Numlock News: May 10, 2019 • Meth, Chumbox, Battle Royale
By Walt Hickey
Have a wonderful weekend!
Three Georgia women who bought a box of Legos were startled to find that the box was full of $40,000 worth of methamphetamines. The switch was discovered when the box of Legos was given to a kid, one who at Christmas will never again second-guess Santa and now knows he’s not messing around about the whole coal thing. In related news, a bunch of meth dealers expecting a delivery instead likely had a really wonderful afternoon of self-directed building play.
PlayerUnknown’s Battleground is one of those battle royale format games that’s been sweeping the youth around the world. Tencent, the official publisher of the game in China, has pulled the game in exchange for another battle royale format videogame, this one a Chinese military-themed battle royale called Game for Peace. China’s government really pushed the game and refused to grant a monetization license for Tencent for PUBG and its 70 million users. It’s now expected Game for Peace, the state-sanctioned ripoff, will generate $1.18 billion to $1.48 billion annually. Players who switched were returned to their same level, but there are some differences: for instance, dead players don’t bleed due to prohibitions on gore, but instead get up and wave goodbye.
Opioid prescriptions are down 43 percent since their peak in 2011 according to a new report, with the volume prescribed down 17 percent since last year. That’s the steepest drop in over 25 years. The issue, though, is that many addicted to opioids switch away from prescription narcotics and on to heroin or synthetics, so it’s not entirely positive. Moreover, the volume of pills dispensed remains absurd: there were enough opioid pills prescribed last year to give every American adult 34 pills, which is admittedly lower than the 72 pills per adults at the peak.
Are You Ready For Some Football?
The early forecasts are in: the teams with the best chance to win the Super Bowl this coming year are Kansas City (16 percent according to ESPN’s FPI), New Orleans (15 percent), New England (12 percent) and Los Angeles (12 percent). Sure, those may all be the teams that made their conference championship game last year, but there are some new shifts in probability that are actually exciting: the Cleveland Browns have a 3 percent chance to win the Super Bowl, which is unheard-of. They’re a 52 percent chance to make the playoffs, a probability improvement of 43 percentage points compared to a year ago. They’re back.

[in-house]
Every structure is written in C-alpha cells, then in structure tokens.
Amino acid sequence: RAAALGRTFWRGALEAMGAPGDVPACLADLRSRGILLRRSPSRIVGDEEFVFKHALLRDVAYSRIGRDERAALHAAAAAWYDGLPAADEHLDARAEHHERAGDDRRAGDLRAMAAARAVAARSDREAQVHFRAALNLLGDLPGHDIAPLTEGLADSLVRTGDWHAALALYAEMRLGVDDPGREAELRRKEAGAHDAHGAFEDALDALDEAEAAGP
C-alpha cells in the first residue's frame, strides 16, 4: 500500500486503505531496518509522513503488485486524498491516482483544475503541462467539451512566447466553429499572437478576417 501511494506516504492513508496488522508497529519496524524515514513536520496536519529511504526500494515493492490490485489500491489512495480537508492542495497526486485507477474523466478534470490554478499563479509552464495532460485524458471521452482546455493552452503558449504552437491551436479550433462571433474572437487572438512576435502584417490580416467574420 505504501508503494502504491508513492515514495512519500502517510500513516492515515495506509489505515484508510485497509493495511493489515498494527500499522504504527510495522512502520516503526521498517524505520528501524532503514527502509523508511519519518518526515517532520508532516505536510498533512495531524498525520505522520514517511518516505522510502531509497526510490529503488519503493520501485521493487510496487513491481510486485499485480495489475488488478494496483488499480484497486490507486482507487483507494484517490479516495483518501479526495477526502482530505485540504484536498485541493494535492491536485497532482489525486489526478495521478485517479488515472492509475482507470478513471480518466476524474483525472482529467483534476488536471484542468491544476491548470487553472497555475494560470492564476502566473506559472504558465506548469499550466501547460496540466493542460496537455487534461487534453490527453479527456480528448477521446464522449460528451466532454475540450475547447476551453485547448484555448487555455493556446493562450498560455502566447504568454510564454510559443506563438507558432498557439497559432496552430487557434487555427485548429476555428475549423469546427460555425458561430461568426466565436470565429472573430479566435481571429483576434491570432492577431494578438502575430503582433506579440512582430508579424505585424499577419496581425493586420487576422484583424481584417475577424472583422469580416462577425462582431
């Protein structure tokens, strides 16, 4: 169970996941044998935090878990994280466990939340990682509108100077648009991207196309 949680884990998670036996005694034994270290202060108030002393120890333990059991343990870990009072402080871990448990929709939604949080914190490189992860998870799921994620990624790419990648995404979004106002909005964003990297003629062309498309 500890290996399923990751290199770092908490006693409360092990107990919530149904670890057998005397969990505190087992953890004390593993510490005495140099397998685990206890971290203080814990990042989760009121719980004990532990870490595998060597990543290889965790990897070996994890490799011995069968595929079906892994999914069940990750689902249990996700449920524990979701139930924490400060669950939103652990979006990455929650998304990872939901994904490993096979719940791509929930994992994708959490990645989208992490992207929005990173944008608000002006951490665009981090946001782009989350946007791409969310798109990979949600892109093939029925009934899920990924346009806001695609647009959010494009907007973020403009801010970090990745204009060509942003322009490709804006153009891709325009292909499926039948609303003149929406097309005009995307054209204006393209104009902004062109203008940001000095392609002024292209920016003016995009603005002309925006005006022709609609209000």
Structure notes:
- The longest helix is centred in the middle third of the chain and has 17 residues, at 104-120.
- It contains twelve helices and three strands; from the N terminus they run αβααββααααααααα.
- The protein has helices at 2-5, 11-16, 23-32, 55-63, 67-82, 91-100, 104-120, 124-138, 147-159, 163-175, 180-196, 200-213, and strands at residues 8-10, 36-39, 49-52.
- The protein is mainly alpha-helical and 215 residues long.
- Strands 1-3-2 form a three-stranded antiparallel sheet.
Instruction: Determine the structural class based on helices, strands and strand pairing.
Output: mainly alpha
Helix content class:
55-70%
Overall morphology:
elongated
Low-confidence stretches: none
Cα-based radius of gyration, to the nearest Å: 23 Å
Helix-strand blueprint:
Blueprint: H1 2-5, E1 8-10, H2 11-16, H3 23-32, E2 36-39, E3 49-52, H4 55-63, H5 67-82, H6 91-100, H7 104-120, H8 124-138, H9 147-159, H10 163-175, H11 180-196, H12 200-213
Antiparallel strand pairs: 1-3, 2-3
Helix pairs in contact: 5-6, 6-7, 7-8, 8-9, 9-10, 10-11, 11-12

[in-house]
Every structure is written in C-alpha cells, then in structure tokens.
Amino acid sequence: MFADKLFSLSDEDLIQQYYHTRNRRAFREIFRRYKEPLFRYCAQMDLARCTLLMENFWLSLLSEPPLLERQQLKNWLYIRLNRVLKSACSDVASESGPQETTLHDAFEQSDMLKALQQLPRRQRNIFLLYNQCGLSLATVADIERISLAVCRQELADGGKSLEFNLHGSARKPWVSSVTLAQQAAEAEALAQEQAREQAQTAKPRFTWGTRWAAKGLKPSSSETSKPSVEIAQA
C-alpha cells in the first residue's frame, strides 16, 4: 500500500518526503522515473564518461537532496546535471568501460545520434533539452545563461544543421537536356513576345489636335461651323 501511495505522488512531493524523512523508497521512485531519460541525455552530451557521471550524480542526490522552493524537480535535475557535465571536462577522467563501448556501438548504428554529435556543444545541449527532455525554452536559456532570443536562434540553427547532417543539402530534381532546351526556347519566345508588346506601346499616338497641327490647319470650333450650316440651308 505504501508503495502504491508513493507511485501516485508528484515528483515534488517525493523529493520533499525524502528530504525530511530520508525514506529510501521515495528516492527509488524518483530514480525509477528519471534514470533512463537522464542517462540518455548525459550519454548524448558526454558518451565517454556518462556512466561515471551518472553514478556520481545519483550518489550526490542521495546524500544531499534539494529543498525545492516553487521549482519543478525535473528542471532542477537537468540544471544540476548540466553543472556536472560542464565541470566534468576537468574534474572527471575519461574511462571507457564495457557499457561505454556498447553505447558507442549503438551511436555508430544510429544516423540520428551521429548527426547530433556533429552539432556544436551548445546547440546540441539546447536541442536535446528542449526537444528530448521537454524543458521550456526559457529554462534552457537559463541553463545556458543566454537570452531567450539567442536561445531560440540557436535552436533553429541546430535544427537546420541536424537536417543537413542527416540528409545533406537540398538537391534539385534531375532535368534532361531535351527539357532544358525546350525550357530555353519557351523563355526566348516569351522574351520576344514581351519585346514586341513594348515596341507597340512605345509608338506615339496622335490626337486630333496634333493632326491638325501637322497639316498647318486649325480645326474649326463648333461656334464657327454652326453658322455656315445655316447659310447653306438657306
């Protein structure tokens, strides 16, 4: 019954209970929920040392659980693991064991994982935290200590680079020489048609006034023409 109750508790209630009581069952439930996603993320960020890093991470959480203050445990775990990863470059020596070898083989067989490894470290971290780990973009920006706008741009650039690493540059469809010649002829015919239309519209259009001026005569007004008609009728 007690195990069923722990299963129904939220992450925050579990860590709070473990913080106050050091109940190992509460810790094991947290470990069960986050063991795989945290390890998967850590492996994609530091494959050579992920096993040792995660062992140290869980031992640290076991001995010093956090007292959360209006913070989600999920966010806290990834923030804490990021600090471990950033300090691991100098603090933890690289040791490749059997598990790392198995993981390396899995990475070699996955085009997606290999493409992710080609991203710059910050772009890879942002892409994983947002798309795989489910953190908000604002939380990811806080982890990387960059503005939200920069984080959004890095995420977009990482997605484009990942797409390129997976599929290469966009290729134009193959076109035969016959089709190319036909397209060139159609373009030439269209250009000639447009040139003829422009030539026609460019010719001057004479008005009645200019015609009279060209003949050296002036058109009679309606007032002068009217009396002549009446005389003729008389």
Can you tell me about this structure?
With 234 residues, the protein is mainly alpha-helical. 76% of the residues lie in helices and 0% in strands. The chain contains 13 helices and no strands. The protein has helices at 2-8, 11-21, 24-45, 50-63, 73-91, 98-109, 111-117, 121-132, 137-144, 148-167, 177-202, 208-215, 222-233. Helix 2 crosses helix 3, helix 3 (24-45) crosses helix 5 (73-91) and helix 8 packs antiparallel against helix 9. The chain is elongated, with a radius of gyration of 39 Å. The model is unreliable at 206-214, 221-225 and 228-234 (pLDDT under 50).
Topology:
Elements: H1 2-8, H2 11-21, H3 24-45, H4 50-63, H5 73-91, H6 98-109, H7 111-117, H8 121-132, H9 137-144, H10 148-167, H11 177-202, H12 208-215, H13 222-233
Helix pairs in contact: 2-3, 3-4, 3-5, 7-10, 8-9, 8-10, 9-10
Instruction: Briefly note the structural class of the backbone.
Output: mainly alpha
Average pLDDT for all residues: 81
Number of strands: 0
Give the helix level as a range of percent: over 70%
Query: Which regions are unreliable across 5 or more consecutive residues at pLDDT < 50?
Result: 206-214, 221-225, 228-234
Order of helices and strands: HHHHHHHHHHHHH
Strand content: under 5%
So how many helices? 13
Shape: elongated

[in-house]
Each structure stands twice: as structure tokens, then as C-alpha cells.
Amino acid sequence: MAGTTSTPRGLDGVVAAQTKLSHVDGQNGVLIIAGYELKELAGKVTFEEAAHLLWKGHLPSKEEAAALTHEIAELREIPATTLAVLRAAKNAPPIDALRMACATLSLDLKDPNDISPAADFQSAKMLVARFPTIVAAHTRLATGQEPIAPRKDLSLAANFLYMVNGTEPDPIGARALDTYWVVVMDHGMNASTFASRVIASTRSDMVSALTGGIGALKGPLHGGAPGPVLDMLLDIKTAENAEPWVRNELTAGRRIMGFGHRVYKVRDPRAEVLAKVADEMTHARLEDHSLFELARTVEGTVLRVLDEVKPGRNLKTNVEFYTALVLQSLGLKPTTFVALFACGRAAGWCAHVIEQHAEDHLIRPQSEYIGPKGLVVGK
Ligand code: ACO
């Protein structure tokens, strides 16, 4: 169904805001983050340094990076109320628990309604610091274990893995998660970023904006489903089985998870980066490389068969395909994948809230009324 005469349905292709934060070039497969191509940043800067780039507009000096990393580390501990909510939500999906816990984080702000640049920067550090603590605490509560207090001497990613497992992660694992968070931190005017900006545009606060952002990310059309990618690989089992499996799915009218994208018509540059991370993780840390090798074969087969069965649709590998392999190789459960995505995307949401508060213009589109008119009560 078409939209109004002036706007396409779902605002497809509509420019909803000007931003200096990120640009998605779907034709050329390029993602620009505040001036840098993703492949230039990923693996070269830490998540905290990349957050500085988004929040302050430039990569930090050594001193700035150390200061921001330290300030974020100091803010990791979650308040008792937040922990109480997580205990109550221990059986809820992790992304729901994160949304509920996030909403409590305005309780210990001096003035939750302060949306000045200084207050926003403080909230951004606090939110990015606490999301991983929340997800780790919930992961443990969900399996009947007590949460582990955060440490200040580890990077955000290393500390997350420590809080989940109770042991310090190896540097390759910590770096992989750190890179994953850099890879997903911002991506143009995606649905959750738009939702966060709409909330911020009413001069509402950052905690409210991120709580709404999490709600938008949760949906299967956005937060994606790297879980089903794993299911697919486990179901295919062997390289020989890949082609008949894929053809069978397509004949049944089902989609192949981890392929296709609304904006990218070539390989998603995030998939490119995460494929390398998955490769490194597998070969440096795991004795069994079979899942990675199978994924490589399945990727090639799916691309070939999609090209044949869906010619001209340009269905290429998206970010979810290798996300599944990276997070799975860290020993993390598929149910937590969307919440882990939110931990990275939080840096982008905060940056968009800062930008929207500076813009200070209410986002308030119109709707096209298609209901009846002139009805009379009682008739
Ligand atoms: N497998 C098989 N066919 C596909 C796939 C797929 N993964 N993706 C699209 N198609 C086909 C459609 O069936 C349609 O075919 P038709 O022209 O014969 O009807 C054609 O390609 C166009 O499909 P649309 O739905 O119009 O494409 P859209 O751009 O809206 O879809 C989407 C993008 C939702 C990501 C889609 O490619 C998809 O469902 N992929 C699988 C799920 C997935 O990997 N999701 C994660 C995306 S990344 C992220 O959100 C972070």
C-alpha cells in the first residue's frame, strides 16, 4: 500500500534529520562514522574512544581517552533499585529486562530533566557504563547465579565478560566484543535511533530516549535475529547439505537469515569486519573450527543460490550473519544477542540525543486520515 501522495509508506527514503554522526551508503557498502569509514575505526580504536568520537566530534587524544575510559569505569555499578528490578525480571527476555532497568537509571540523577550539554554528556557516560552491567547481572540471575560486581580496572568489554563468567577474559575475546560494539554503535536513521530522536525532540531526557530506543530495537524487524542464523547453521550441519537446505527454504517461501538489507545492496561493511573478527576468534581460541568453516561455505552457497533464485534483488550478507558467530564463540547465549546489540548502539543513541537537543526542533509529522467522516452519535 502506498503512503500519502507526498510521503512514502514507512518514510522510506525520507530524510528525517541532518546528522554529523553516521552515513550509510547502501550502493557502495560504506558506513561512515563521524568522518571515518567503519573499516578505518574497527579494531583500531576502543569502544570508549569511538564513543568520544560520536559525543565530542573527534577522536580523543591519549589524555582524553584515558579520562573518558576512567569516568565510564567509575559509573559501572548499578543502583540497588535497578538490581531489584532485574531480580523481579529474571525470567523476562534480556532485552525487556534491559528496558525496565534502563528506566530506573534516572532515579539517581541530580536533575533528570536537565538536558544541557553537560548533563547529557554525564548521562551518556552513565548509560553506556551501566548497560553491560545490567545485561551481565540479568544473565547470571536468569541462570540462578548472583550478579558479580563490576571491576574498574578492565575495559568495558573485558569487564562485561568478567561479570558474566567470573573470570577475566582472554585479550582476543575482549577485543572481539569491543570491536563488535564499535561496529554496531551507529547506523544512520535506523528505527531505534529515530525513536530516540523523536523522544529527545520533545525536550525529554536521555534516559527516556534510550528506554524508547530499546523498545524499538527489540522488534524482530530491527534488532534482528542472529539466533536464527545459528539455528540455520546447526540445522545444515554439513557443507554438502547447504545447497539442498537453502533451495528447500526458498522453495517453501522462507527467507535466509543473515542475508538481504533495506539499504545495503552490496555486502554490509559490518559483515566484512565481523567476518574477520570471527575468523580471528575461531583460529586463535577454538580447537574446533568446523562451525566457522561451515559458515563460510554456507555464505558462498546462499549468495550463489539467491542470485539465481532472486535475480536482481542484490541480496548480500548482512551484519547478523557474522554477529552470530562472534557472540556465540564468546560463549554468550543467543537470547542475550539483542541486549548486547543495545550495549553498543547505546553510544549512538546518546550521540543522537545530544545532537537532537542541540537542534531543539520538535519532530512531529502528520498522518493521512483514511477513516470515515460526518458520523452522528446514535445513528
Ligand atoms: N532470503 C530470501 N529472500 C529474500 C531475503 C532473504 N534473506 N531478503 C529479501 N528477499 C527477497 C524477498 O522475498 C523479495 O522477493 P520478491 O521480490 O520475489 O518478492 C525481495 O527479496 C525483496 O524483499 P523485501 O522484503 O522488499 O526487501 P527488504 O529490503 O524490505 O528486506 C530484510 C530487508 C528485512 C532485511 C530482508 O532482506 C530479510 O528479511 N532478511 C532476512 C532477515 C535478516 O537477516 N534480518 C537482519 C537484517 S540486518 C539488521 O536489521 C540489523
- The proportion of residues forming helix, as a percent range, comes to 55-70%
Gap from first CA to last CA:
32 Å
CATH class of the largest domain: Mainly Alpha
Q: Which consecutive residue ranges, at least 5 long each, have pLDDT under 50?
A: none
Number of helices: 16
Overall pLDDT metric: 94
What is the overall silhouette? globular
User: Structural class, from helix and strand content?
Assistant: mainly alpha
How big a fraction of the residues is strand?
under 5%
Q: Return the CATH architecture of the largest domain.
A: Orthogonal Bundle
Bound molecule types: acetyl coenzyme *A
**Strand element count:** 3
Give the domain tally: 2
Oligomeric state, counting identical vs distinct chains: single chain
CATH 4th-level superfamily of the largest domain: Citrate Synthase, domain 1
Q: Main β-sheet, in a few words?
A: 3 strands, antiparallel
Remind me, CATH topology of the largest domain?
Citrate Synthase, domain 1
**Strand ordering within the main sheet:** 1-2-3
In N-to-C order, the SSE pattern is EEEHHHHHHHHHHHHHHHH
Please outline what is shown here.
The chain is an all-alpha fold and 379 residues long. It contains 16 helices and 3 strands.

Edgewell Personal Care Co., which makes Schick razors, agreed to buy direct-to-consumer razor brand Harry’s Inc. for $1.37 billion. The market value of Edgewell alone is $1.8 billion, so this is a big move. The goal of the acquisition is to combine Harry’s direct-to-consumer model with the national distribution of Schick, because in the business of blades it’s tough to beat P&G’s Gillette. Edgewell has 10 percent of the men’s shaving market, Harry’s has 0.5 percent, and Gillette has 49 percent.
At the bottom of lots of news sites is an institution colloquially known as the chumbox. That’s where you see links to outrageous external stories about blood sugar and Weird Tricks and gross skin lesions and a gut doctor who tells you to stop eating this vegetable right now. It’s a shockingly popular business for what is pretty clearly not all that on-the-level. The two companies who dominate it — Taboola and Outbrain — are each funded to the tune of $160 million and $194 million, and at least 41 of the top 50 news sites include the boxes as a revenue source. Taboola serves some 20 billion ads per day.
Professional athletes are percieved as easy marks by scammers and fraudsters. They’re young, they came into enormous wealth very quickly and don’t have a lot of training on who to trust with that kind of money, and their rarefied position means that the slickest of the slick are specifically targeting them as a group. As a result, Ernst & Young estimated over a period from 2004 to 2017 pro athletes endured $500 million in fraud related losses, and one attorney, who specializes in fighting that fraud, estimates the figure to be over $1 billion. I knew I’d be a target of a bunch of financial scammers if I went pro, which is why I entered journalism so that would never ever be a problem.
In an attempt to stave off lawsuits, Uber has forced drivers who work with the company to enter into forced arbitration to settle disputes over pay. This may have been a significant tactical error, as Uber is on the hook to pay for all that arbitration, and over 60,000 drivers have done so — and could have presumably been paid off way cheaper — according to the prospectus. Given that the fees associated with a single arbitration are conservatively $10,000, but realistically closer to $20,000, this means that to settle all these arbitrations Uber is out a minimum of $600 million. Discretion may have advantages, but my god, $600 million is a hell of a price to pay for it.
In last week’s Sunday edition, I spoke to Lina Zeldovich all about the fascinating and controversial technologies that are making shipping a less polluting business. It was a great conversation about how it’ll be hard to simply innovate our way out of climate change and the kind of hard trade-offs necessary in the years to come.
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Previous 2019 Sunday special editions: Scrubbers · Saving the World · Summer Movies · No One Man Should Have All That Power · Film Incentives · Stadiums & Casinos · Late Night · 65 is the new 50 · Scooternomics · Gene Therapy · SESTA/FOSTA · CAPTCHA · New Zealand · Good To Go · California Football · Personality Testing · China’s Corruption Crackdown · Yosemite